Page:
We're not going to do Felix Mendelssohn. He was genetically Jewish, but he was so consciously Christian, and he tried to be European. That's fine - he's one of the great composers and he's in the European canon - but he's not particularly of interest to us simply because he happened to be genetically Jewish.
Can you talk a little bit about your own Jewish upbringing and sense of Jewishness, and how that influences you? I assume it's a factor in this particular project.
I grew up in a Modern Orthodox home. I went to Jewish day school right through high school, so half of my day was spent speaking Hebrew from age six to 16. I studied thousands of hours of Talmud. My father thought I didn't get enough Talmud at school, so I took the extra Talmud class at school and he had a rabbi come to the house three nights a week. One of those nights was Saturday night, so in synagogue Saturday morning my brother and I would pray very hard for snow so he wouldn't be able to come on Saturday night and we could watch hockey night in Canada. That's where I learned about prayer.
That didn't seem to you to be a prayer that was likely to go unanswered?
Yeah, I was giving it a shot to see what side God was on.
And what did you determine?
It rarely snowed.
Despite being raised Orthodox, you said in a recent column that you're not religious.
Rabbi David Hartman, who runs the Hartman Institute [in Jerusalem], was actually at McGill the years I was a student there, and I took his courses on Maimonides. That had a big influence on me in the sense that I was going away from my Jewish upbringing, thinking of it as narrow and parochial, and when I was introduced to Maimonides, it was just sort of at the highest level of world philosophy, Aristotelian philosophy applied to Judaism. I realized that Jewish culture was not just not a Sunday afternoon lecture. It belonged with a great secular culture that I admired as a student. So that kind of reinforced my Jewishness even as I became irreligious.
Was becoming less religious connected to that feeling of Judaism being parochial?
That was not the reason. It was simply a matter of just applying my thinking to these questions of God, a historical God and a God who intervenes in prayer, and I came up short. It was no great epiphany. It was no great disappointment. It had nothing to do with my being [paralyzed in a diving accident] when I was 22. I was already way, way gone by the time I was 18 and 19. It was simply an intellectual conclusion, and I've been basically unchanged for 50 years. I don't make any great claims for it. I would not proselytize my own agnosticism. It's just where I've come to. If I'm honest with myself, I'm not religious but I am very Jewish in the sense that I feel a tremendous duty to the past and the majesty of Jewish culture, to not let it disappear... As for my own practice, it's fairly minimal, but I go on the required days. I go to Yizkor, those kinds of things. I once described to a friend my Jewishness - I said, I'm a Jewish Shinto. I believe in ancestor worship. That's the heart of my Judaism.
What about your connection to Israel?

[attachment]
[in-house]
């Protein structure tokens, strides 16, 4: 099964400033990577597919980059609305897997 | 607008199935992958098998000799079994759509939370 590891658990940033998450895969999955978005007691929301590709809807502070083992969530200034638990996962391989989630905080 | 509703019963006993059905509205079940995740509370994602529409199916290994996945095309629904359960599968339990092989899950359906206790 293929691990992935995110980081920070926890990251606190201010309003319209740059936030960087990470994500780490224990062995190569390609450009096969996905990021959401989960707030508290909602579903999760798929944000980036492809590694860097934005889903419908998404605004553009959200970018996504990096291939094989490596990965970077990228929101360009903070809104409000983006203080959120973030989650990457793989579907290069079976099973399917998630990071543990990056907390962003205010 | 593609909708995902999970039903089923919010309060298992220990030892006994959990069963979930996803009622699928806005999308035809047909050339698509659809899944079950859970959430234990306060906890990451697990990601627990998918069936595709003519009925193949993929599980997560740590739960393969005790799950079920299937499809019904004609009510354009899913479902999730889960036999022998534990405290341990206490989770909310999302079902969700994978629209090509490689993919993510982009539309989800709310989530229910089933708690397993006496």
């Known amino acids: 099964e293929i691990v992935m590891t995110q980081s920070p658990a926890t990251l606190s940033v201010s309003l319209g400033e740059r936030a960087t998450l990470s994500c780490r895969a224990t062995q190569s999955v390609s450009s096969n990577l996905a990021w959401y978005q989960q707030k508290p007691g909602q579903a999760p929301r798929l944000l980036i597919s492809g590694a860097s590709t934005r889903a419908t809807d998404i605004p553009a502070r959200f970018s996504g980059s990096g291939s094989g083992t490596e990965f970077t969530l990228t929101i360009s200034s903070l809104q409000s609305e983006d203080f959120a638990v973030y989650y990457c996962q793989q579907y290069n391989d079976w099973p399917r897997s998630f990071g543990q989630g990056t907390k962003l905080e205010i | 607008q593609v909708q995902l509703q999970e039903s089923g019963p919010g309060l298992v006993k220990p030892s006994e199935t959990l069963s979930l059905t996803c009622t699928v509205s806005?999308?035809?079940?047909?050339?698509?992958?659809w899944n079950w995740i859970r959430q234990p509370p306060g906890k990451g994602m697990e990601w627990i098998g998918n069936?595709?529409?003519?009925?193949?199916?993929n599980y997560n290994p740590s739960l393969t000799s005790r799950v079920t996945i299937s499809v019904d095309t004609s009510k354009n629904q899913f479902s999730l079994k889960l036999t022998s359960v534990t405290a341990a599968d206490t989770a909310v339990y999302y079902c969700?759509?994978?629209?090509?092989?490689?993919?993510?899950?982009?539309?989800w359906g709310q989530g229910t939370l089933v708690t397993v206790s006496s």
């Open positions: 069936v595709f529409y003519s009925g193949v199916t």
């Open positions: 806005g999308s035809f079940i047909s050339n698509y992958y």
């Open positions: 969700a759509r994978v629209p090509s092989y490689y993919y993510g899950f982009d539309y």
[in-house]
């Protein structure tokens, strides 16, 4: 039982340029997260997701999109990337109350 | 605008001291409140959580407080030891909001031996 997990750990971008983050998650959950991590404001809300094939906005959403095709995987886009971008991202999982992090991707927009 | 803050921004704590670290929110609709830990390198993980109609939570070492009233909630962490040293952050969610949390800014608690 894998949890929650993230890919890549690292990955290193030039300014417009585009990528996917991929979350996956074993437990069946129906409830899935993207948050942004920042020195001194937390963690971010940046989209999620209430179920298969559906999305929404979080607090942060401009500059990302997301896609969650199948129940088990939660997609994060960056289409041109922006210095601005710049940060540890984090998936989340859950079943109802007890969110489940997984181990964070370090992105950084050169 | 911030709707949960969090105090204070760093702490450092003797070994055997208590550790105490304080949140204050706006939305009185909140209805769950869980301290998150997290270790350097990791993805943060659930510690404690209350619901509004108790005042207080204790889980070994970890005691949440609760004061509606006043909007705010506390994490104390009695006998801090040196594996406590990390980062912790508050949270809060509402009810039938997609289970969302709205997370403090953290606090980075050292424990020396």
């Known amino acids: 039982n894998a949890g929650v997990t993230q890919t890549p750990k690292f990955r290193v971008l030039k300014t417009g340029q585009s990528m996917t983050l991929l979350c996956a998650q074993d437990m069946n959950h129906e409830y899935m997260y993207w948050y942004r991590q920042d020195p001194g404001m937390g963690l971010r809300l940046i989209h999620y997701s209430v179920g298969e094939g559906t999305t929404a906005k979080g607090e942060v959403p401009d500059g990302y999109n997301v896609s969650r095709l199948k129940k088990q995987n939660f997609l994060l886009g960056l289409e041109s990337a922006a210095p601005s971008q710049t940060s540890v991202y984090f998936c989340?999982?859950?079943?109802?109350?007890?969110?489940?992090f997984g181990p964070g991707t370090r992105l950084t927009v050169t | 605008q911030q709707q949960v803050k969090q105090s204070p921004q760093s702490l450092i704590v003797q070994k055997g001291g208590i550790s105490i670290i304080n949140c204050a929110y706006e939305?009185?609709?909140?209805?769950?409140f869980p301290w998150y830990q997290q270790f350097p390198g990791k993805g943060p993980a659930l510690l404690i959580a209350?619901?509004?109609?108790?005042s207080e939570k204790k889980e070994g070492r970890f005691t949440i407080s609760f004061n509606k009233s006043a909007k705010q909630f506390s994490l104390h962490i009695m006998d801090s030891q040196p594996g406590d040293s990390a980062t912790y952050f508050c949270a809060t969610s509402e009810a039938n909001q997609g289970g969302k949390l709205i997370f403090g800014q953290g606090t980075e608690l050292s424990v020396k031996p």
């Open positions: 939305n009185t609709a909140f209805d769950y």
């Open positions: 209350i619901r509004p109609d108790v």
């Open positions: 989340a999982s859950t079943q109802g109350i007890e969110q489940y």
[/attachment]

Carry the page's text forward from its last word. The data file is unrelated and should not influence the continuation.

As you see in my writing, it's very strong. That would be a third example of my connection to Jewish history. I've always been a Zionist, and I believe with utter conviction in the justice of the cause, which makes my writing about it clear and direct. [Defending Zionism] is pretty much out of fashion these days. But to me it's extremely important, in and of itself as a just cause and also in the context of America and how it looks at itself as, among other things, a champion for freedom around the world.
You said Zionism's not in fashion. Is that why there's all this criticism of Israel, because it's not trendy, or because of something deeper?
I think the world is tiring of Israel and of Jews. And Jews, secular Jewish intellectuals are tiring more than most. It used to be they would criticize Israeli actions. That was the norm in the '70s, '80s. Now it's come down the legitimacy of a Jewish state.
It's in part as a result of the disastrous policies Israel has followed since 1993 with Oslo. But it's in part the shallowness in these people who are not quite ready to stand up to the fashions of the times, to the pressures from polite society, from elite society, from various national establishments against Israel. It's far easier to join the cocktail party set. If you deplore Israel, it gets you through the day a lot more easily.
In Europe I think it is that the era of Holocaust guilt is over. It was a generational phenomenon. Now that it's over, Europe is reverting to its natural anti-Semitism - not with the virulence obviously that we saw in the early 20th century, but the norm for the 19 centuries before that - Jews as alien, Jews as troublesome, Jews as not quite trustworthy. And it's writ large for Israel. The Jewish people have lost Europe. Israel's lost Europe. The one place it hasn't been lost is America, where there are tens of millions of Americans who are strongly Zionist and many other who are sympathetic. One of the things I try to do is make the case, which I find a very easy case to make, to oppose the fashionable anti-Israeli trend.